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walleye, walleyes, jigging, jig, jigs


Contrary to the Ole' Wives tale, June is one of the hottest walleye months. Walleyes are hungry and aggressively chasing forage in and around shallow structure. 

In most parts of the country, the spawning season is well over and the shallows are bursting with fingerlings for ' eyes to feed on. 

Forage is concentrating on shoreline, mid lake weedbeds, humps and bars. And where you find forage you will find Old Marble Eyes. 

I look for flats on the wind blown side of the lake with plenty of weeds adjacent or near deep water. the better weedbeds have plenty of twist and turns forming inside/outside pockets. I like to start trolling crankbaits on the outside edge. Aggressive walleyes will stage out from the weeds , making trolling a viable option. 

In addition to trolling , you can work two levels of structure. position the boat to follow the drop off to deeper water. I use shallow running crankbaits on the weedbed side of the boat, and either add a snap weight or use deeper running baitys on the deep water side to cover the drop off area.

Begin by letting the crankbait out about 50 feet before attatching the side planer board. Then let out enough line so the first planer will run within three feet of the weedline. divide the rods you can legally use between each side of the boat. Always set aside one to flat line directly behind the boat. I normally leave about 20 feet between the side planers and vary the lead and depth of the lures untill I find a pattern. 

Use a snap weight to take the crankbait on the flatline to a depth slightly above the drop. This rig will entice a bite from those walleyes that are staged just over the lip and waiting to ambush wandering baitfish. 

On the deep water side , I run the crankbaits at a variety of in order to cover the entire water column untill a preferred depth is found. 

After picking off the active fish with crankbaits, it's time to switch to a spinner rig. This will normally bring a few more fish to the boat. 

At this time of year, the water is generally over 50 degrees so I bring minnows, crawlers and leeches with me. Unless the hot bait has already been determined, I will put a different bait on each rig so the fish can tell me what they prefer. 

Again I'll start with side planers to cover as much water as possible. However, I'll send the outside board a little closer to the weedline-normally within a foot or two. the combination of flashing spinner blades, colored beads and live bait will entice those active or neutral fish you missed with the crankbaits.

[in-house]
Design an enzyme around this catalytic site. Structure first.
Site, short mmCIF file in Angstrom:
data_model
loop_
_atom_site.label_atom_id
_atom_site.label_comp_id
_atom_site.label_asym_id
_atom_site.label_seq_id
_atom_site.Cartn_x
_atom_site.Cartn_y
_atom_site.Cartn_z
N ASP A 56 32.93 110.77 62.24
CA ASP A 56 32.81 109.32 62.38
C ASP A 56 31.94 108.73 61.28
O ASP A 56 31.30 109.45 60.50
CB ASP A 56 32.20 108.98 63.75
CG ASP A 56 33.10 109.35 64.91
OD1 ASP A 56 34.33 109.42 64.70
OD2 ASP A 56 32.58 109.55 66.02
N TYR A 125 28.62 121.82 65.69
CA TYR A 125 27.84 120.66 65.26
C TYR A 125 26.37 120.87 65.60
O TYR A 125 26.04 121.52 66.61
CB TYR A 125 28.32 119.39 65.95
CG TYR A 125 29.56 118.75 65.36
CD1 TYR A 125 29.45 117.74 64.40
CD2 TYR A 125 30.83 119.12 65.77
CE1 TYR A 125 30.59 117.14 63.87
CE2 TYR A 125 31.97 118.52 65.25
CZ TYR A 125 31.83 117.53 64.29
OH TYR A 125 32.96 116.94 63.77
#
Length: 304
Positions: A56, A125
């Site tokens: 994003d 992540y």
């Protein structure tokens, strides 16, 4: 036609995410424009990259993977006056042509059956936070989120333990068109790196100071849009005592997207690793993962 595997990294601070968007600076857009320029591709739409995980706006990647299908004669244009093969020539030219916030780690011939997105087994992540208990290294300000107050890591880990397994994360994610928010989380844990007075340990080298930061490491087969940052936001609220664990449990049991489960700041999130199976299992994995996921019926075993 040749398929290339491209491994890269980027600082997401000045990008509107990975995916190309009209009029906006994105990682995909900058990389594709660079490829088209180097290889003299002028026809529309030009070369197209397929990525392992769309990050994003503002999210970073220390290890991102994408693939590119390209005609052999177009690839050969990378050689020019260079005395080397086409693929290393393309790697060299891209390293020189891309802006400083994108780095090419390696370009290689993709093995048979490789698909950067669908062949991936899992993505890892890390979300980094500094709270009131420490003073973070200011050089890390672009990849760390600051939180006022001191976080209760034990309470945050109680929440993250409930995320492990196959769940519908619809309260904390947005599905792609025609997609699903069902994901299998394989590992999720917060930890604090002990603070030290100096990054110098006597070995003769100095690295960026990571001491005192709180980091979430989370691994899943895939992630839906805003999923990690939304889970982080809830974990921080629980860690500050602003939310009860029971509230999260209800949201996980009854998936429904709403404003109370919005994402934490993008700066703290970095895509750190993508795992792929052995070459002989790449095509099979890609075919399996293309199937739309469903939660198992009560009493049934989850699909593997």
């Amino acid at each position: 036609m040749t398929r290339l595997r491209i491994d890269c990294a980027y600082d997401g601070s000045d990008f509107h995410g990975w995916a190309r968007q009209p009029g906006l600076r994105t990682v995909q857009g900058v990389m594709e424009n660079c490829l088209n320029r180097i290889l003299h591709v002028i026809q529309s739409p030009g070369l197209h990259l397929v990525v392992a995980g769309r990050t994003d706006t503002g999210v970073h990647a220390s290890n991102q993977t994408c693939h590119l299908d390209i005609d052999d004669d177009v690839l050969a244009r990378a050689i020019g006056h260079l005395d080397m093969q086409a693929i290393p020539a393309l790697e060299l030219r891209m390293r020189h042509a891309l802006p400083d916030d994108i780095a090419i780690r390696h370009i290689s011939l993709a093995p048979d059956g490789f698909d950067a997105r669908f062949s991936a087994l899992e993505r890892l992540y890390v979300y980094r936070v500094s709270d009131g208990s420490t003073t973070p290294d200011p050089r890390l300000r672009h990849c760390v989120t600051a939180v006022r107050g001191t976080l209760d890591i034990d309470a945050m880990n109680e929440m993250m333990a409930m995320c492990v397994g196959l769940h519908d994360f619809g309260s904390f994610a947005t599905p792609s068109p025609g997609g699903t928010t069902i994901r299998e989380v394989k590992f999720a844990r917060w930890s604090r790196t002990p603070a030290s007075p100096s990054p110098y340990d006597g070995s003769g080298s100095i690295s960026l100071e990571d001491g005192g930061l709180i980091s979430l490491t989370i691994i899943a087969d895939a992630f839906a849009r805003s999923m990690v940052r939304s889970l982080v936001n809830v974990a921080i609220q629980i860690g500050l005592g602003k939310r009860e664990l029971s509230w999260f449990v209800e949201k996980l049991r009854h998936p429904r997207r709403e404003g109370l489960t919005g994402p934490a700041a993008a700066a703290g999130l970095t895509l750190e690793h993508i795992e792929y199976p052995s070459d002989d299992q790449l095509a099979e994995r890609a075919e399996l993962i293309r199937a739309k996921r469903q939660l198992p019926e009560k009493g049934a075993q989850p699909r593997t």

To really catch tose finicky biters, I slow way down and use a slip bobber rig. using a medium or medium light spinning rig with 6-8 pound test I'll thread on a bobber stop, slip bobber and jig (just large enough to balance the bobber when the bait is hooked). 

On the first pass I'll pick an area, anchor my boat, (both fore and aft) and cast to within 3 feet of the weedline. By allowing the wind and waves to carry my bait to the weedline makes for a more natural presentation that Old Marble Eyes can't resist. 

After fan casting the entire face of the weedline lift anchor and move just past your casting distance and start over. 

The shore-line is'nt the only shallow water structure you'll find. Humps and bars also will produce fish this time of year. And all three tactics will work on these areas. 

If there is one point to remember when fishing himps and bars, it's to start from the outside (deepwater) and work your way to the center or top. 

I will plot my trolling runs to skirt the edge of the bar or cicle a hump. I like to work not only the deep water but send my outside planer to the shallow edge. I will use crankbaits and spinner rigs while trolling. 

Slip bobbers are really in there prime when fishing bars and humps. position the boat upwind and set your bait so that it will hover about 6 inches above the top of the bar or hump. You need'nt cast out to far, but leave the bail open playing out line by hand as the wind and waves carry your offering over the bar or hump. 

When it comes to early season open water there's little doubt that June might be just one of the best times of the year to boat big numbers of walleye. 

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